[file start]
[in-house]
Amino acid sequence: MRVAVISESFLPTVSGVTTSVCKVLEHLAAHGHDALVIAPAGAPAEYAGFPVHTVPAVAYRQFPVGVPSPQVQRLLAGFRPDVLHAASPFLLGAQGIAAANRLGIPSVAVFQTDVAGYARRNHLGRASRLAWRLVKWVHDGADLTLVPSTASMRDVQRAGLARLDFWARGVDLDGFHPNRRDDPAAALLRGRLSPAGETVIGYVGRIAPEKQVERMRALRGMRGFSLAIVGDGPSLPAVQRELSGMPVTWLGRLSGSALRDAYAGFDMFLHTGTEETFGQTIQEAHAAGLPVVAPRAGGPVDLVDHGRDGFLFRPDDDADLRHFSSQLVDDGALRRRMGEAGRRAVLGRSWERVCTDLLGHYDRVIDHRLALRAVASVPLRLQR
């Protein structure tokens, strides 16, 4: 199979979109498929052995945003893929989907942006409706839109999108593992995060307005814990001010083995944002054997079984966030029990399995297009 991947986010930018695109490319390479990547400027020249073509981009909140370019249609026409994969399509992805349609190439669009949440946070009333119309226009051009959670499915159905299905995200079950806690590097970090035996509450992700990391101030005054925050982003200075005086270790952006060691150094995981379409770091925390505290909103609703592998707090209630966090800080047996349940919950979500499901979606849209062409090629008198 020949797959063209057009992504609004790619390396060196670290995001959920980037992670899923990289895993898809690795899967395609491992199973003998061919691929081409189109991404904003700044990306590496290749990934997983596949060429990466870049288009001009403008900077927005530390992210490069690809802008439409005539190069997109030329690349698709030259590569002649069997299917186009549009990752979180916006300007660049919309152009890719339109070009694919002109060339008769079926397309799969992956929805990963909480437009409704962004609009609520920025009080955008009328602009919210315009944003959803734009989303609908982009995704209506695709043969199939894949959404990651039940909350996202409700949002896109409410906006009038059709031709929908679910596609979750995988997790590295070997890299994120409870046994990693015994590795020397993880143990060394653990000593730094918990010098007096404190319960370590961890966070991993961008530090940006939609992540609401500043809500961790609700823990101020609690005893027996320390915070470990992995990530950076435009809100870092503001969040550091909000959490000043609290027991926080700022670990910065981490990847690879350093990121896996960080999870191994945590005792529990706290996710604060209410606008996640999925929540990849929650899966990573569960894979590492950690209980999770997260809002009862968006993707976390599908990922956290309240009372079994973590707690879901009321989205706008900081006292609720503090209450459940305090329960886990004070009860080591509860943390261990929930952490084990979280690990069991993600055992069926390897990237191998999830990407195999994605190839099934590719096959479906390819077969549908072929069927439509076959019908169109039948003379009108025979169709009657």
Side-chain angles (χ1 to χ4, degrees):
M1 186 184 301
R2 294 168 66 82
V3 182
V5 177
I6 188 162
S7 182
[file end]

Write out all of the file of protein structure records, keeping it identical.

[in-house]
Amino acid sequence: MRVAVISESFLPTVSGVTTSVCKVLEHLAAHGHDALVIAPAGAPAEYAGFPVHTVPAVAYRQFPVGVPSPQVQRLLAGFRPDVLHAASPFLLGAQGIAAANRLGIPSVAVFQTDVAGYARRNHLGRASRLAWRLVKWVHDGADLTLVPSTASMRDVQRAGLARLDFWARGVDLDGFHPNRRDDPAAALLRGRLSPAGETVIGYVGRIAPEKQVERMRALRGMRGFSLAIVGDGPSLPAVQRELSGMPVTWLGRLSGSALRDAYAGFDMFLHTGTEETFGQTIQEAHAAGLPVVAPRAGGPVDLVDHGRDGFLFRPDDDADLRHFSSQLVDDGALRRRMGEAGRRAVLGRSWERVCTDLLGHYDRVIDHRLALRAVASVPLRLQR
């Protein structure tokens, strides 16, 4: 199979979109498929052995945003893929989907942006409706839109999108593992995060307005814990001010083995944002054997079984966030029990399995297009 991947986010930018695109490319390479990547400027020249073509981009909140370019249609026409994969399509992805349609190439669009949440946070009333119309226009051009959670499915159905299905995200079950806690590097970090035996509450992700990391101030005054925050982003200075005086270790952006060691150094995981379409770091925390505290909103609703592998707090209630966090800080047996349940919950979500499901979606849209062409090629008198 020949797959063209057009992504609004790619390396060196670290995001959920980037992670899923990289895993898809690795899967395609491992199973003998061919691929081409189109991404904003700044990306590496290749990934997983596949060429990466870049288009001009403008900077927005530390992210490069690809802008439409005539190069997109030329690349698709030259590569002649069997299917186009549009990752979180916006300007660049919309152009890719339109070009694919002109060339008769079926397309799969992956929805990963909480437009409704962004609009609520920025009080955008009328602009919210315009944003959803734009989303609908982009995704209506695709043969199939894949959404990651039940909350996202409700949002896109409410906006009038059709031709929908679910596609979750995988997790590295070997890299994120409870046994990693015994590795020397993880143990060394653990000593730094918990010098007096404190319960370590961890966070991993961008530090940006939609992540609401500043809500961790609700823990101020609690005893027996320390915070470990992995990530950076435009809100870092503001969040550091909000959490000043609290027991926080700022670990910065981490990847690879350093990121896996960080999870191994945590005792529990706290996710604060209410606008996640999925929540990849929650899966990573569960894979590492950690209980999770997260809002009862968006993707976390599908990922956290309240009372079994973590707690879901009321989205706008900081006292609720503090209450459940305090329960886990004070009860080591509860943390261990929930952490084990979280690990069991993600055992069926390897990237191998999830990407195999994605190839099934590719096959479906390819077969549908072929069927439509076959019908169109039948003379009108025979169709009657």
Side-chain angles (χ1 to χ4, degrees):
M1 186 184 301
R2 294 168 66 82
V3 182
V5 177
I6 188 162
S7 182